Metrorail’s General Manager Paul Wiedefeld came to Loudoun for his annual meeting with county supervisors Wednesday, saying the system “on the right track” but a long way from financial stability.
“Since we’ve got the system moving in the right direction, it is important to look to the future,” Wiedefeld said. “The region has a $40 billion investment—that’s what the system cost to build and to basically have what we have there today. It plays a huge role in the economy of the region, it deals with traffic congestion, it improves the overall air quality and a number of other things.”
He said Metro still has about $25 billion worth of unfunded needs, accumulated over years of poor maintenance and under-investment. His report also pointed out the concerns about its unpredictable, one-year-at-time funding model from local, state, and federal budgets, and an “unsustainable” budget with costs rising nearly twice as fast as fares and commercial revenues.
To get Metro in good shape, he said, member jurisdictions will have to invest $1.5 billion a year over the next 10 years—collectively around $600 million more than they do now—and establish a dependable source of funding for capital projects that pulls in $500 million a year.
Loudoun’s leaders have previously proposed a way to meet that funding gap by creating a regional organization that can issue debt. Currently, Metro issues revenue bonds, but because of its unusual funding structure cannot issue general obligation bonds like other government organizations.
He also proposed increasing member jurisdictions’ capital contributions—the money that goes toward big projects rather than operating costs—by 3 percent annually, and capping how fast their subsidies of the operating budget grow at 3 percent annually. That comes alongside other management practices like establishing a rainy day fund, modifying the system’s binding arbitration with its employees, and opening the system to competitive bidding for certain work.
Supervisors largely congratulated Wiedefeld’s work getting Metro to where it is today.
“One of the issues that I see is you’ve done largely what you can on your side, and I think that’s important for all of us to understand,” said Supervisor Matthew F. Letourneau (R-Dulles). “When someone from the outside calls for further reform, you’re limited by what you can do, and that means it’s on legislators to make some changes.”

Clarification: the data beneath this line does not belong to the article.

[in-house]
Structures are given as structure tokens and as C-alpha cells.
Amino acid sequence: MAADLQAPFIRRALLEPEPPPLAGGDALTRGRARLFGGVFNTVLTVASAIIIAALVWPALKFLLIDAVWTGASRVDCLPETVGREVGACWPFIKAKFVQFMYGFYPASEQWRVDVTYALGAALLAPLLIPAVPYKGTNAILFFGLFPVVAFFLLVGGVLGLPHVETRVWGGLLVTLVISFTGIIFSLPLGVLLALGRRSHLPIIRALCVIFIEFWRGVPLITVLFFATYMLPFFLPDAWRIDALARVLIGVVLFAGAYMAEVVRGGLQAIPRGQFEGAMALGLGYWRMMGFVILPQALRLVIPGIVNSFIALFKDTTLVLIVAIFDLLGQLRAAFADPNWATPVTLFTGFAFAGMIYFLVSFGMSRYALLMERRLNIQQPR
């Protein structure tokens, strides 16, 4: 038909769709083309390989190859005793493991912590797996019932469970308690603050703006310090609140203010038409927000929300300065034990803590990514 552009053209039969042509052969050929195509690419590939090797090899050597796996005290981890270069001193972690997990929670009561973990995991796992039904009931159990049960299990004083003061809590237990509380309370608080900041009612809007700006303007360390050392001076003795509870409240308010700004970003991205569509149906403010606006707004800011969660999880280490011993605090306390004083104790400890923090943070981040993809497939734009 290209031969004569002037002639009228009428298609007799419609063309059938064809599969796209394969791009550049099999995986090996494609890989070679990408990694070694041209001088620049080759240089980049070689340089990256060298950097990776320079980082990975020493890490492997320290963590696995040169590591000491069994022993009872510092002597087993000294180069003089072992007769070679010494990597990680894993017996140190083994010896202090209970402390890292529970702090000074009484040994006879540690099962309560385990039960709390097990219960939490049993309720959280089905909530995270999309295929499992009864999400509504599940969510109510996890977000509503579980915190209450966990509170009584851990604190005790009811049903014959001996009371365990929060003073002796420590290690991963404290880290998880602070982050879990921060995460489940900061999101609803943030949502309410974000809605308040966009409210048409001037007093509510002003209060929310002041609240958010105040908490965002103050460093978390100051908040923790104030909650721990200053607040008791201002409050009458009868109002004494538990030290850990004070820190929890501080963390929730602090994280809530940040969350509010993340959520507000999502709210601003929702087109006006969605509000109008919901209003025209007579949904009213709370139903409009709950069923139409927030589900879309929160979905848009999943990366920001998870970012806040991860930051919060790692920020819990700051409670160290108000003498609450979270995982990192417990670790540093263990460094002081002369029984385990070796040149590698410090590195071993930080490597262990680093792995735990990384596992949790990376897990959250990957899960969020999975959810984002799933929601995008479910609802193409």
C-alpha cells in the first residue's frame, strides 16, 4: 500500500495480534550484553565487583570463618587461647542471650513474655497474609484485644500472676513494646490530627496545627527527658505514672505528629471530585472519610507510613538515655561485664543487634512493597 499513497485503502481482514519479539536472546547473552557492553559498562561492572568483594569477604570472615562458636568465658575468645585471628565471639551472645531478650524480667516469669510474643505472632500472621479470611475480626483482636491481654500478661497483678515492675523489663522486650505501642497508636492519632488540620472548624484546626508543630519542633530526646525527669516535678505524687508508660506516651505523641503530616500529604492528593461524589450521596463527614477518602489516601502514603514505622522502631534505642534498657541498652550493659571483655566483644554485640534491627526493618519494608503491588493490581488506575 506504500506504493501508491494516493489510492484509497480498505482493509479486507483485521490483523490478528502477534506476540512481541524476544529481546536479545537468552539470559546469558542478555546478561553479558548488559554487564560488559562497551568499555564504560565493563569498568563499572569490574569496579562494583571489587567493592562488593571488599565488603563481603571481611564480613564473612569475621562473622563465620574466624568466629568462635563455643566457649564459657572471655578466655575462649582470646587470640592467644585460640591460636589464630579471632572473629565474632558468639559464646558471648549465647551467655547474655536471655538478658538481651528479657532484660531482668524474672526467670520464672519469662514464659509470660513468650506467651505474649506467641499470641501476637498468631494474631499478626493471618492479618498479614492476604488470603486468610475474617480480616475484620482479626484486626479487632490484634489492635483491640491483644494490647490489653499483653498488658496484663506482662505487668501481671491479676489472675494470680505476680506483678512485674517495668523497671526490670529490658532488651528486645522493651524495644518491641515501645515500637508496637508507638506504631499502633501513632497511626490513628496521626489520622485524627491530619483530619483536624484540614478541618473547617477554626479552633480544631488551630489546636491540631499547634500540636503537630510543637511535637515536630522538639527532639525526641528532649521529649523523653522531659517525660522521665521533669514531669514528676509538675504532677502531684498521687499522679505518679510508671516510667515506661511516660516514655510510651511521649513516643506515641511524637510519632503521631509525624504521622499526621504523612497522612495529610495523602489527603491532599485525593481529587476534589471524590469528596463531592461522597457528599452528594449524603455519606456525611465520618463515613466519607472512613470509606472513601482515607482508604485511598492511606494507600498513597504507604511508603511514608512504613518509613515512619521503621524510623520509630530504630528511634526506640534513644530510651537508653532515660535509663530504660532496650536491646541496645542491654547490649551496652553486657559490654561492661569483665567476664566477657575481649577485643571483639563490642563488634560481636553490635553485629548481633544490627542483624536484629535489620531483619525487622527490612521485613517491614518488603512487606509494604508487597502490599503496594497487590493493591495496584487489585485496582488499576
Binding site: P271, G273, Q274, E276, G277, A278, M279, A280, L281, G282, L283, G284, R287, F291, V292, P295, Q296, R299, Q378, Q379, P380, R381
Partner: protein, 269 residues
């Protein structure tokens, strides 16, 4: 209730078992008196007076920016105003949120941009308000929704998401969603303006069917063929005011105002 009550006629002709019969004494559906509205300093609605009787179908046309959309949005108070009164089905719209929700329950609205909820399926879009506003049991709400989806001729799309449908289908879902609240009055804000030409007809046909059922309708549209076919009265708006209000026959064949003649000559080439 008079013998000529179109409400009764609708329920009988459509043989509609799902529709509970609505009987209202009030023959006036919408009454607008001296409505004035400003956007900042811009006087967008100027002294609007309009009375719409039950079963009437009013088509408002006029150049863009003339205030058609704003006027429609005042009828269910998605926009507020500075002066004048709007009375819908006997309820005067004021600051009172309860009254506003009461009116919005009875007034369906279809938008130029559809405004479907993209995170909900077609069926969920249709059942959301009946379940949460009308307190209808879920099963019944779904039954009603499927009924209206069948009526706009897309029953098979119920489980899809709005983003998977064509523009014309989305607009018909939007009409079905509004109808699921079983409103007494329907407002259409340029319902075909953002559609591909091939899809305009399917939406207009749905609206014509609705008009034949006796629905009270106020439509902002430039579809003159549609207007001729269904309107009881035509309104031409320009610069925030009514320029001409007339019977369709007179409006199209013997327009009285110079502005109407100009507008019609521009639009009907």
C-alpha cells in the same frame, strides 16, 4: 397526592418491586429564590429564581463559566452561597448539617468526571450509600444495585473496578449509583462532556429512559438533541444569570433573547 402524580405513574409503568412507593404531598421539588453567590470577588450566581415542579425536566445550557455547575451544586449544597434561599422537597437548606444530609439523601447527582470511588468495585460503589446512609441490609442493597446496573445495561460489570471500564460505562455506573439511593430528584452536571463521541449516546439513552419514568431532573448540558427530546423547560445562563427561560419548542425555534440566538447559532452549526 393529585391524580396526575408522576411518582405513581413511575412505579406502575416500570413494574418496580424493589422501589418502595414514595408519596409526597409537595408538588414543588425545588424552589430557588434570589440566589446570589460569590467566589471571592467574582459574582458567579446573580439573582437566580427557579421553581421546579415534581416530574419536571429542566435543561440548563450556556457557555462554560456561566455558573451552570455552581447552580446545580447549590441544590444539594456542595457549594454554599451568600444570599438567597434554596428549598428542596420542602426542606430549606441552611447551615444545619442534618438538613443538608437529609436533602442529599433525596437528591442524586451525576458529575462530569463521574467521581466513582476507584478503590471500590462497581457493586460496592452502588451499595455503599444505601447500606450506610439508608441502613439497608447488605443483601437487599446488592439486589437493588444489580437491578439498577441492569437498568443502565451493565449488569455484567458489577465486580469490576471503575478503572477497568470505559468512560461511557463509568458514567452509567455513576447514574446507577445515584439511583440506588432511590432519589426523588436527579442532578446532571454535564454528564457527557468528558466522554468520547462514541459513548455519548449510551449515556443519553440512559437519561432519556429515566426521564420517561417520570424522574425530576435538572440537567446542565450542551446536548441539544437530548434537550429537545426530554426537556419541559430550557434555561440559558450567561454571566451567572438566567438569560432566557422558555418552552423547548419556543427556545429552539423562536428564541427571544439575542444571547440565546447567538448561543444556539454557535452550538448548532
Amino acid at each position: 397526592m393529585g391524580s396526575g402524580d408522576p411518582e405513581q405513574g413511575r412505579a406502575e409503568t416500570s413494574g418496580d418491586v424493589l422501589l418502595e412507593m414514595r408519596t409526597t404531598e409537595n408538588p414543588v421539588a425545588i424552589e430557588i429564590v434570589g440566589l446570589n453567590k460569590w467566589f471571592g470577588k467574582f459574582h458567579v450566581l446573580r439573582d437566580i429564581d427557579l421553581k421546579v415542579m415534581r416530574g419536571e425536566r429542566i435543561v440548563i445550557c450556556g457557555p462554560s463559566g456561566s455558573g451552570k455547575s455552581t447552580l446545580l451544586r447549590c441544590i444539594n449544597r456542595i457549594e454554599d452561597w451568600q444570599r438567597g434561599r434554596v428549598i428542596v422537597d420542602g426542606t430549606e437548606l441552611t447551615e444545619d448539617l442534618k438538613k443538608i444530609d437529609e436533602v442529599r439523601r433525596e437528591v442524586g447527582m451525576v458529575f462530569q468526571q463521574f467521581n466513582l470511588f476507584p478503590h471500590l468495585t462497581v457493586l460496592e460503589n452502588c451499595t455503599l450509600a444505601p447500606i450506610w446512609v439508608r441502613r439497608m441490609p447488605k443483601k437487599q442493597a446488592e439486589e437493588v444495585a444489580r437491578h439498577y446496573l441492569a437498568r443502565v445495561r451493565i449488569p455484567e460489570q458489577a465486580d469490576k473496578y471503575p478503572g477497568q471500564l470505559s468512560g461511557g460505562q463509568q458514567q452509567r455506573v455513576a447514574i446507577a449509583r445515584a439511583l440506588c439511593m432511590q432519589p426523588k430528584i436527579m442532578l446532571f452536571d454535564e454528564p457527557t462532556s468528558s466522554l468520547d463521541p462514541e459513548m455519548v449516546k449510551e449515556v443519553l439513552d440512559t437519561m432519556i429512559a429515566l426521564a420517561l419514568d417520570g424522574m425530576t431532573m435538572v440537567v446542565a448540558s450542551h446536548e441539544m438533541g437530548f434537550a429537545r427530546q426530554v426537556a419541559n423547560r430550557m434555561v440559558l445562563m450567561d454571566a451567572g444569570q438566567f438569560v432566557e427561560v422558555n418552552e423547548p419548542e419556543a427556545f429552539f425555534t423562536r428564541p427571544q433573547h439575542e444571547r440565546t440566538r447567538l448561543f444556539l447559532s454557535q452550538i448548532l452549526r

Wiedefeld agreed that there was nothing left to do on the scale of projects so far like SafeTrack, which compressed years of work down into one year by shutting down sections of track for long stretches of time while they are repaired.
Supervisor Ron A. Meyer Jr. (R-Broad Run) said he is “particularly appreciative” of the work to keep costs down for riders. He said ticket costs can get prohibitive.
“For people out here in Loudoun, when the Silver Line gets here, getting to the city, we’re talking about more than a $7 fare mostly likely,” Meyer said. That, he said, may be affordable compared to parking in DC or tolls on the way, “but still not exactly something that you would, I think, ideally pick, for public transportation to be that high.”
And County Chairwoman Phyllis J. Randall (D-At Large) pointed out that a tremendous number of Metro riders are federal employees.
“It seems to me that Metro is not Loudoun’s Metro, or Fairfax’s Metro, or the region’s Metro,” she said. “Metro moves the federal workforce, which means Metro is important to the country. If the federal workforce stops moving, it affects the country.”
Despite the federal government’s reliance on Metro, Congress does not contribute to Metro’s operating costs, only its capital costs. Wiedefeld said, “I strongly feel that they have a role to play” in funding the transit system, and that “we are chasing every avenue to make that the case.”
“I had the good fortune of actually meeting with the president during a snowstorm, and brought to his attention that at the end of the day, if we don’t perform, the government doesn’t open the next day,” Wiedefeld said.